There is no doubt Abdulmutallab was an admirer or follower of Awlaki, since he admitted that to U.S. investigators. When he appeared in a Detroit courtroom earlier this week for the start of his trial on bomb-plot charges, he proclaimed, "Anwar is alive."

    But at the time the White House was considering putting Awlaki on the U.S. target list, intelligence connecting Awlaki specifically to Abdulmutallab and his alleged bomb plot was partial. Officials said at the time the United States had voice intercepts involving a phone known to have been used by Awlaki and someone who they believed, but were not positive, was Abdulmutallab.

    Awlaki was also implicated in a case in which a British Airways employee was imprisoned for plotting to blow up a U.S.-bound plane. E-mails retrieved by authorities from the employee's computer showed what an investigator described as " operational contact" between Britain and Yemen.

    Authorities believe the contacts were mainly between the U.K.-based suspect and his brother. But there was a strong suspicion Awlaki was at the brother's side when the messages were dispatched. British media reported that in one message, the person on the Yemeni end supposedly said, "Our highest priority is the US ... With the people you have, is it possible to get a package or a person with a package on board a flight heading to the US?"

    U.S. officials contrast intelligence suggesting Awlaki's involvement in specific plots with the activities of Adam Gadahn, an American citizen who became a principal English-language propagandist for the core al Qaeda network formerly led by Osama bin Laden.

    While Gadahn appeared in angry videos calling for attacks on the United States, officials said he had not been specifically targeted for capture or killing by U.S. forces because he was regarded as a loudmouth not directly involved in plotting attacks.

    Secret panel can put Americans on kill list' | Reuters

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  5. #80
    Silver Member albatross's Avatar
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    Quote Originally Posted by witchcurlgirl View Post
    They won't even acknowledge for the public record who makes the call. Insulation from potential criminal charges. Yep, this is all perfectly constitutional and legal. Nothing to see here folks.
    I'm sure there's nothing to worry about. How could a secret committee that decides who lives and who dies be at all dangerous?

    Cue reminder that Awlawki was a threat...
    Dear Buddha, please bring me a pony and a plastic rocket...

  6. #81
    Silver Member Working Girl's Avatar
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    MohandasKGanja;"VERY difficult to work up much outrage over the killing of a guy who specifically called for the indiscriminate killing of Americans around the world:"

    I give him the same sympathy he would have shown me or my family..none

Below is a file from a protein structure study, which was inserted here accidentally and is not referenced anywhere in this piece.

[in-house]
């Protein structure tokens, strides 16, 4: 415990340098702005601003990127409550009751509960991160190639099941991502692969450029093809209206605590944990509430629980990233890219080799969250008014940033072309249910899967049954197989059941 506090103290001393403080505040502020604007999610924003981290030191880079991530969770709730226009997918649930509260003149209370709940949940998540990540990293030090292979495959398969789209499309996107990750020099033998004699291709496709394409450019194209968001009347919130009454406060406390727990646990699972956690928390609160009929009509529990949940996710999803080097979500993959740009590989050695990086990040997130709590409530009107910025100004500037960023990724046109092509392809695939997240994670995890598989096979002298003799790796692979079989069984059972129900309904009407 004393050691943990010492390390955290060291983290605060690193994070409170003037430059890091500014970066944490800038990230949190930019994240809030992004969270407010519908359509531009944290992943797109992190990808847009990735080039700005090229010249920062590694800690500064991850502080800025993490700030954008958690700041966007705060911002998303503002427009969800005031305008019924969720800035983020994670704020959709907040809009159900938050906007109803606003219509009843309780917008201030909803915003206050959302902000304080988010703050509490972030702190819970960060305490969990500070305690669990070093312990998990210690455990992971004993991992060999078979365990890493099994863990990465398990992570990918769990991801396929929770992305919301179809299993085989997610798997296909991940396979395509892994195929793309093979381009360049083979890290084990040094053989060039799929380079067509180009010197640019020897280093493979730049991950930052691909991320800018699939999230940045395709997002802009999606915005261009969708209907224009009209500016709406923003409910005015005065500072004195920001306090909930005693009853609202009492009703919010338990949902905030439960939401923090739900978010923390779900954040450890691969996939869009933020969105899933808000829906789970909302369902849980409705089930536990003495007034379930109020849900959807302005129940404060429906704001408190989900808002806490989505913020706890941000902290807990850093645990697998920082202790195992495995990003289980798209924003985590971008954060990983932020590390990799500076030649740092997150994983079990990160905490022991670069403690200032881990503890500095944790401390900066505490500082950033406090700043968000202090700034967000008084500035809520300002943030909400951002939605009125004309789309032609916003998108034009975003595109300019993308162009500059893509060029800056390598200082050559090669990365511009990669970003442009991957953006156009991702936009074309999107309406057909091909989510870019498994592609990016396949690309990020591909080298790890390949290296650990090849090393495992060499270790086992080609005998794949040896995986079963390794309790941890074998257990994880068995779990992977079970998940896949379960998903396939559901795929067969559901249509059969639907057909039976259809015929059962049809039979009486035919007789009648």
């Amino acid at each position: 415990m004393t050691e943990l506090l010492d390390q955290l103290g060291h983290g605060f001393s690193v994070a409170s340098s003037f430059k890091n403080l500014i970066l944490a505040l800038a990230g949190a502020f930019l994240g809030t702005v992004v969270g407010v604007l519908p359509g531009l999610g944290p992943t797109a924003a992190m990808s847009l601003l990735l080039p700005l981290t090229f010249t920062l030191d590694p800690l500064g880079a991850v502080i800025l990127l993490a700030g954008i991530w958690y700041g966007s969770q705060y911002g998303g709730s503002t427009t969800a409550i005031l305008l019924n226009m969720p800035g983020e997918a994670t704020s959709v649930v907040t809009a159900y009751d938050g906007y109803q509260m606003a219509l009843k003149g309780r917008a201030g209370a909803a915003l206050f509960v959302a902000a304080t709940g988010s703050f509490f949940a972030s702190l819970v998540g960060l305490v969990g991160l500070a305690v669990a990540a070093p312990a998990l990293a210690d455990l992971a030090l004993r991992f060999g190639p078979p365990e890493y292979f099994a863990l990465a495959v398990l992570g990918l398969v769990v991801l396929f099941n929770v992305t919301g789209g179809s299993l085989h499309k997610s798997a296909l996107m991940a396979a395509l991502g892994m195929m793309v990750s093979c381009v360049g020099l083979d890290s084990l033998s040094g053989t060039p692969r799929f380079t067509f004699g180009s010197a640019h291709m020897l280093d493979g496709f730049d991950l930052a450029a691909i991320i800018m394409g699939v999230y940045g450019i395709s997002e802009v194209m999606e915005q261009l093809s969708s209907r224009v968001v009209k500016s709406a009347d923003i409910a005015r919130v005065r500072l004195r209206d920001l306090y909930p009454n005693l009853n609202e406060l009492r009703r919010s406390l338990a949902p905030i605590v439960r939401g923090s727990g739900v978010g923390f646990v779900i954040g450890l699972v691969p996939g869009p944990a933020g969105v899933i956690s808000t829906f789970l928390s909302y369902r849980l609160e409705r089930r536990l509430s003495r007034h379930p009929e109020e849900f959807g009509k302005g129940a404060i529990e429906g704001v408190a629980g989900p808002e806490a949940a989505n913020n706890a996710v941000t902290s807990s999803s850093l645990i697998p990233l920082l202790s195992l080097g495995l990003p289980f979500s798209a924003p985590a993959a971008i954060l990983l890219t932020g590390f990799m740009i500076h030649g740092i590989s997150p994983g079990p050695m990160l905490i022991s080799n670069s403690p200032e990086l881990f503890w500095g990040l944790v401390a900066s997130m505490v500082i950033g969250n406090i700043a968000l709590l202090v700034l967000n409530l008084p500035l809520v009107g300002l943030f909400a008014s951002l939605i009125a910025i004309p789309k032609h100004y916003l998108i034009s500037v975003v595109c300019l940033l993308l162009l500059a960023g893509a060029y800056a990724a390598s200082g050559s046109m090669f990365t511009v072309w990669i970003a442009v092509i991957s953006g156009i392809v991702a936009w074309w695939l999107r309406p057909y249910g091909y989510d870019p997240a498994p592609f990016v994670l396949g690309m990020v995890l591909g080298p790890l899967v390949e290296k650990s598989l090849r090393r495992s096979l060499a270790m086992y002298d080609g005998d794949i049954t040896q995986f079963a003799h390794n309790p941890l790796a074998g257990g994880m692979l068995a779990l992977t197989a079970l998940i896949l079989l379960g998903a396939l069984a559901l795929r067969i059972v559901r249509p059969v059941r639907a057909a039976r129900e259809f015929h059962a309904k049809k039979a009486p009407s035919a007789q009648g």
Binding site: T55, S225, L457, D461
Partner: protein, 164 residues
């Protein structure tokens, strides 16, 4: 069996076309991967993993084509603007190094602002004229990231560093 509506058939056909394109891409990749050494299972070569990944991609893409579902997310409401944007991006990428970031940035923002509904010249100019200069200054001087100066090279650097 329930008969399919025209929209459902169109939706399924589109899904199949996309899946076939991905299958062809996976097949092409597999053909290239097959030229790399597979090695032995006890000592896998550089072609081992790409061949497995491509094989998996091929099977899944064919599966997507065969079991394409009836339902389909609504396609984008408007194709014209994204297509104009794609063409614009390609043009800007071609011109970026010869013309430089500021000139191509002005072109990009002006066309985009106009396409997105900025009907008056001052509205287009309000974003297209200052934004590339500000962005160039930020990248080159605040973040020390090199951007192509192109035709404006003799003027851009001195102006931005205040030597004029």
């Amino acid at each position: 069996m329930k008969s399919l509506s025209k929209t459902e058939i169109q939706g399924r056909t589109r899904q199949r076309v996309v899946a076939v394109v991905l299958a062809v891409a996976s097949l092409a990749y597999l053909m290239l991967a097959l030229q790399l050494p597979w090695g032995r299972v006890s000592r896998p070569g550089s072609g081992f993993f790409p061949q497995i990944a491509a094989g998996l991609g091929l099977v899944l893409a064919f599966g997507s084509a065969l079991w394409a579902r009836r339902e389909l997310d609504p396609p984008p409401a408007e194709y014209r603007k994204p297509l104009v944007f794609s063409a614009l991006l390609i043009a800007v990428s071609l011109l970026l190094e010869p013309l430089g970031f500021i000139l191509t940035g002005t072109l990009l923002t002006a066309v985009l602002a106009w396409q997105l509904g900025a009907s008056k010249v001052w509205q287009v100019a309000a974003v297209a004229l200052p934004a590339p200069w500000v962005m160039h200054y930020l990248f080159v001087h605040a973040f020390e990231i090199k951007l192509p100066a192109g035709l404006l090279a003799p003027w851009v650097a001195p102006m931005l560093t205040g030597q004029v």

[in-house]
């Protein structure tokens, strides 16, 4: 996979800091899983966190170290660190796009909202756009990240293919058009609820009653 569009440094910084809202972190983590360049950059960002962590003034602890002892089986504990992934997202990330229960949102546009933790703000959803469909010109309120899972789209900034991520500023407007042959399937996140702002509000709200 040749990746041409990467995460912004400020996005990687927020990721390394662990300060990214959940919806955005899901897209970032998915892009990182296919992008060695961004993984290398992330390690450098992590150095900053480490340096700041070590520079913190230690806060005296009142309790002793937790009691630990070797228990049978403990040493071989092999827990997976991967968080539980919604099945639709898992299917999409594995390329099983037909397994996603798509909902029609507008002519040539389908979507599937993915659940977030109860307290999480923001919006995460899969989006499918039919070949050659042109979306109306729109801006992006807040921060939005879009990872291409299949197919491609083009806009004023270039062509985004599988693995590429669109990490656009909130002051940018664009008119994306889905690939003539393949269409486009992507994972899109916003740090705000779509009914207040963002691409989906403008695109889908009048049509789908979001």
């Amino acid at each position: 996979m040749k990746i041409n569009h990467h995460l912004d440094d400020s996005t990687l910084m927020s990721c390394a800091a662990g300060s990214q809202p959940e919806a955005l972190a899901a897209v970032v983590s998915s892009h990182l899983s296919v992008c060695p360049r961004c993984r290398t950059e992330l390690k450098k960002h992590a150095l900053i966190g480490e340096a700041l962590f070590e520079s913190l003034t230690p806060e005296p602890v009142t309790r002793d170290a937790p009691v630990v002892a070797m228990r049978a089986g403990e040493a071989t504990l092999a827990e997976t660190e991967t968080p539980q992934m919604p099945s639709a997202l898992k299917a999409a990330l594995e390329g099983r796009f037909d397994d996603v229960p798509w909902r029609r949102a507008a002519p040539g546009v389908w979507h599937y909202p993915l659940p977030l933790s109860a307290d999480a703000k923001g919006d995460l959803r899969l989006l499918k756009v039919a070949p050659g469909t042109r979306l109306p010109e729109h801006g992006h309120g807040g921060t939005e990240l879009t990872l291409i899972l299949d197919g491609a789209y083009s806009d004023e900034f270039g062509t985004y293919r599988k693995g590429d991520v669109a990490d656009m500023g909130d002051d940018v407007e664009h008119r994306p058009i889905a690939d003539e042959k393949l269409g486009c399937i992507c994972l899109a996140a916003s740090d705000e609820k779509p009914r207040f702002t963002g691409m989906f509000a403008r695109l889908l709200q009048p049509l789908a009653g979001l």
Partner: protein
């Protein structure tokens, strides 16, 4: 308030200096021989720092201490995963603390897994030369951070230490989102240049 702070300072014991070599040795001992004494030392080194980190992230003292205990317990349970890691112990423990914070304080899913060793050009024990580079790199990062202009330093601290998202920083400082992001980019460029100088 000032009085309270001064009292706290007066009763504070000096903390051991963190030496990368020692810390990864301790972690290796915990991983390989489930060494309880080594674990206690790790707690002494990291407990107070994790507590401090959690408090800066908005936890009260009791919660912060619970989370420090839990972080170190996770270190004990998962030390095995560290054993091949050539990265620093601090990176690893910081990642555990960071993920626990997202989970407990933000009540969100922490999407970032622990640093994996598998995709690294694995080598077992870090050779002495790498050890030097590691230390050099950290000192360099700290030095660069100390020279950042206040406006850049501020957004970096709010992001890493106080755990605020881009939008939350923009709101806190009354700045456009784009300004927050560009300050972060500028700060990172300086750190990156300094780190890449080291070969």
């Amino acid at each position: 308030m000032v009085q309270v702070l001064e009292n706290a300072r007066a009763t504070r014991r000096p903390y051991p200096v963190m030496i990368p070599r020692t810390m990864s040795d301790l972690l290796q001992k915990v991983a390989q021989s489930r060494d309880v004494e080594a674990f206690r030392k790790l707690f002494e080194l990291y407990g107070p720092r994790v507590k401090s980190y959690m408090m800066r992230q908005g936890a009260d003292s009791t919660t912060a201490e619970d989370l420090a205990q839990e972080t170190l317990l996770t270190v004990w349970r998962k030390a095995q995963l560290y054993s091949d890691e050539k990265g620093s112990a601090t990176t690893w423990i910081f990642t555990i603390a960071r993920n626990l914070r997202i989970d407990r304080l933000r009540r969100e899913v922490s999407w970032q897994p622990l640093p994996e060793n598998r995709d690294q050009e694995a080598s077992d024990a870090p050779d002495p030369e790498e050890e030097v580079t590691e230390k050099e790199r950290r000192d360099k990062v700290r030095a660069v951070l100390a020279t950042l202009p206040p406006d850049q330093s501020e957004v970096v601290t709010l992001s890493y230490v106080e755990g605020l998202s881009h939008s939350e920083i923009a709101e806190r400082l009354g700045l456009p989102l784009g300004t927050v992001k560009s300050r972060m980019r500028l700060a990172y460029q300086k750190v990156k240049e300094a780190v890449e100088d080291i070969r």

7. #82
    Elite Member Grimmlok's Avatar
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    Then you're no better.
    I am from the American CIA and I have a radio in my head. I am going to kill you.

  8. #83
    Elite Member Just Kill Me's Avatar
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    Ugh, it's not about sympathy. So the whole secret panel is just fucking lovely. I wonder what a girl has to do to get on that panel; I always joked about ruling with an iron fist one day and I think it could be the perfect thing to put on my resume.
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  9. #84
    Elite Member witchcurlgirl's Avatar
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    In today's talking out of both sides of our mouth news:

    U.S. State Dept. contacts Khan family

    Official offers parents condolences on death of al-Qaida propagandist.

    An official from the U.S. State Department has called the Charlotte family of al-Qaida propagandist Samir Khan to offer the government's condolences on his death in a U.S. drone attack last week in Yemen, according to a family spokesman.

    "They were very apologetic (for not calling the family sooner) and offered condolences," Jibril Hough said about the Thursday call from the State Department to Khan's father, Zafar.

    The phone call came a day after the family released a statement through Hough that condemned the "assassination" of their 25-year-old son - a U.S. citizen - and said they were "appalled" that they had not heard from the U.S. government to discuss their son's remains or answer questions about why Khan was not afforded due process.

    On Friday, State Department spokesman Harry Edwards confirmed to the Observer that the call had been made, but said "privacy issues" kept him from offering details.

    Hough said the Thursday conversation lasted a few minutes.

    "It wasn't just 'I'm sorry' and hang-up," said Hough, who added that the phone call included no discussion of the status or condition of Khan's remains.

    Khan was killed along with cleric Anwar al-Awlaki.

    Also a U.S. citizen, al-Awlaki was a leader of al-Qaida in the Arabian Peninsula and appeared to be the main target of the drone attack.
    Hough said Khan's father's reaction to the call was "kind of positive and optimistic."